The Offshore Technology Conference (OTC), held each year in Houston, Texas, US, is one of the world's leading upstream oil and gas events. Before OTC 2020 was cancelled due to the COVID-19 pandemic, Oilfield Technology contacted a range of key players in the upstream industry and asked for their insight on the latest technologies that were due to be showcased at this year's OTC.
In this submission, Herman Artinian, Upwing Energy, USA, reviews the company's subsurface compressor system.
Upwing Energy recently completed a successful field trial of its first commercial Subsurface Compressor SystemTM (SCS), which uses advanced magnetic technologies to create higher reservoir drawdown and reduces liquid loading in gas wells. Test results revealed that the SCS increased gas production by 62% and liquid production by 50% in an unconventional shale gas well.
The SCS is a reliable, robust and cost-effective downhole solution that removes the primary failure points of conventional electric submersible pump (ESP) artificial lift systems. The hybrid wet gas compressor is driven by a hermetically sealed high-speed permanent magnet motor. A magnetic coupling conveys torque from the motor to the compressor with no mechanical shaft or seals, so there is no need for a motor protector to isolate the motor from downhole fluids. This ‘protectorless’ design removes a frequent point of vulnerability for conventional downhole systems. A sensorless wide-frequency variable speed drive (VSD) at the surface controls the motor at speeds up to 50 000 rpm.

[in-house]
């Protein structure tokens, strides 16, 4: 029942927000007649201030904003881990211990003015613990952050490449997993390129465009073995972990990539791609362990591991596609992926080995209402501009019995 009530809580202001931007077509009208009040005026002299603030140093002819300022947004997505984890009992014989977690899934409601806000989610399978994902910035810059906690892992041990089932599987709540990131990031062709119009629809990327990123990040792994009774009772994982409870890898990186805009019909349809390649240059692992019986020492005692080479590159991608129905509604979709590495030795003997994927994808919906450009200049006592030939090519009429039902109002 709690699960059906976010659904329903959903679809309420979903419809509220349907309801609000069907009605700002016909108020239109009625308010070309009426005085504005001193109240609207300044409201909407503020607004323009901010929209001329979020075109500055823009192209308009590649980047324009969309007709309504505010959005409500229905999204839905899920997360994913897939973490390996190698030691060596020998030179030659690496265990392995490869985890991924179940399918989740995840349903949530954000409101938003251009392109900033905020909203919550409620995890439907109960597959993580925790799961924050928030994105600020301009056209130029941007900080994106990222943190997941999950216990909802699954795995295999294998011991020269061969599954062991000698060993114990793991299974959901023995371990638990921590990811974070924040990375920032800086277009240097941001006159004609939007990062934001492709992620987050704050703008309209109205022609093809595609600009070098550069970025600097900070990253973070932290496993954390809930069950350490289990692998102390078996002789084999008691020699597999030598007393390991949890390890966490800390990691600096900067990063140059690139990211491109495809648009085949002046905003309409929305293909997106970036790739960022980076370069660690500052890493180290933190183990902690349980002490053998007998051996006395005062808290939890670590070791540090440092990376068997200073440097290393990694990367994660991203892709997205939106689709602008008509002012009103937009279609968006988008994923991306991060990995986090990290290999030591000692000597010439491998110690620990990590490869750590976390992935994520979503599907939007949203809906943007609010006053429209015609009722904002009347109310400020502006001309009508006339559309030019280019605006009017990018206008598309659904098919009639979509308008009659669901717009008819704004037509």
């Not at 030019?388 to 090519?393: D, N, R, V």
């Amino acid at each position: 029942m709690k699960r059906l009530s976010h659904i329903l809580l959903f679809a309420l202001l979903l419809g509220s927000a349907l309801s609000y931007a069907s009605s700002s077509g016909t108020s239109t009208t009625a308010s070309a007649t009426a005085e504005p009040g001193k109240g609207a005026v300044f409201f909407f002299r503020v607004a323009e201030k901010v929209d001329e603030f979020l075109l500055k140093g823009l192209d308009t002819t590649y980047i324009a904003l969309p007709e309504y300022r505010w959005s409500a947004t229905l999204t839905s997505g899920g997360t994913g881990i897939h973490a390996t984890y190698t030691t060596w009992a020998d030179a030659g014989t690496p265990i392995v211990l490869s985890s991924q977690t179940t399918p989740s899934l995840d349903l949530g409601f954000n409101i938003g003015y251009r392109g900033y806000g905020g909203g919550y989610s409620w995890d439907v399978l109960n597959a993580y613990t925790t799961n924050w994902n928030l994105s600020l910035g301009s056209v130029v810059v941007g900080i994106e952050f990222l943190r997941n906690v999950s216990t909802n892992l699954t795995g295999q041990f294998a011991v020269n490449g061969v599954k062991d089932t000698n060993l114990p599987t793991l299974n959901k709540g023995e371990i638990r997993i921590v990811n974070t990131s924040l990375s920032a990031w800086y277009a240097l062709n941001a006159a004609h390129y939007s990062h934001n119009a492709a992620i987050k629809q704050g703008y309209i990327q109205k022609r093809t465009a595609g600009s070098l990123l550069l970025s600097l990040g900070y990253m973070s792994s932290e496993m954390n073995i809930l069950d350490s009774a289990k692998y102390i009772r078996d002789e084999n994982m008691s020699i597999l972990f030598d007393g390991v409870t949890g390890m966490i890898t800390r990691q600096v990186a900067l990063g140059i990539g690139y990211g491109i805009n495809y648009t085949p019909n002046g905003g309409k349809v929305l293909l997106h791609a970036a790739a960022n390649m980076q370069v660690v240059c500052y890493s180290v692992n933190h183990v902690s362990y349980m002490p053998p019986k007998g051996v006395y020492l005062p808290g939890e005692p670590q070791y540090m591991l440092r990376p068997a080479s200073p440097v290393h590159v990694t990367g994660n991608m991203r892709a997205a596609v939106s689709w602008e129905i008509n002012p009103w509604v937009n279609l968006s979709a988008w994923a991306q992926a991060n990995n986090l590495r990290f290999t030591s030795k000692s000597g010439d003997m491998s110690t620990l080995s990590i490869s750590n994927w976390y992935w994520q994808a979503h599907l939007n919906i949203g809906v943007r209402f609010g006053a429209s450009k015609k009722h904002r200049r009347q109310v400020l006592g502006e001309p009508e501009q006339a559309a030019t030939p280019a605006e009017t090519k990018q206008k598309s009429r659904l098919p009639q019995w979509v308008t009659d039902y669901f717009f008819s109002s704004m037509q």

Figure 1. The Upwing SCS is installed in a shroud, which carries the weight of the 1000-ft tail pipe in the horizontal section of the well.
The SCS creates a suction effect at the compressor inlet at the bottom of the wellbore, thus lowering the bottomhole flowing pressure and increasing gas velocities. This drawdown induces more gas flow from the formation to the wellbore. The SCS also generates higher gas velocities in the horizontal and vertical sections of the wellbore, enabling more liquids to be carried to the surface. Decreasing back pressure from liquid loading results in increased gas production, which in turn accelerates liquid unloading and prevents vapour condensation when exiting the compressor.
The SCS architecture simultaneously maximises gas and condensate production, recoverable reserves, gas-in-place recovery efficiency and liquid unloading. These benefits can be realised in any type of formation and wellbore geometry for both onshore and offshore environments.
The first full-scale unit was built and fully tested in the laboratory before being deployed over a two-month field trial in an unconventional shale gas well located in Indiana, US. The well has a 2000 ft vertical depth and a 5000 ft horizontal section, where liquid had accumulated. The compressor was installed at the bottom of the vertical section with a tail pipe extending approximately 1000 ft into the horizontal to provide enough velocity to carry liquids while minimising friction losses.
Prior to installing the SCS, the well’s gas production was approximately 185 million ft3/d and its liquid production through the rod pump was 5 – 7 bpd. Without the rod pump, the well choked in a few hours. With the SCS, the well stabilised at a gas production rate of 300 million ft3/d, a 62% increase. At 30 000 rpm, the gas velocity increased to 29 ft/sec. and liquid production increased by 50% over the steady-state performance with the rod pump.
Read the article online at: https://www.oilfieldtechnology.com/offshore-and-subsea/14052020/otc-technology-review-upwing-energy/
You might also like
The well was drilled by the ‘Deepsea Stavanger’ drilling rig, about 25 km southwest of the Oseberg field in the North Sea and 150 km west of Bergen.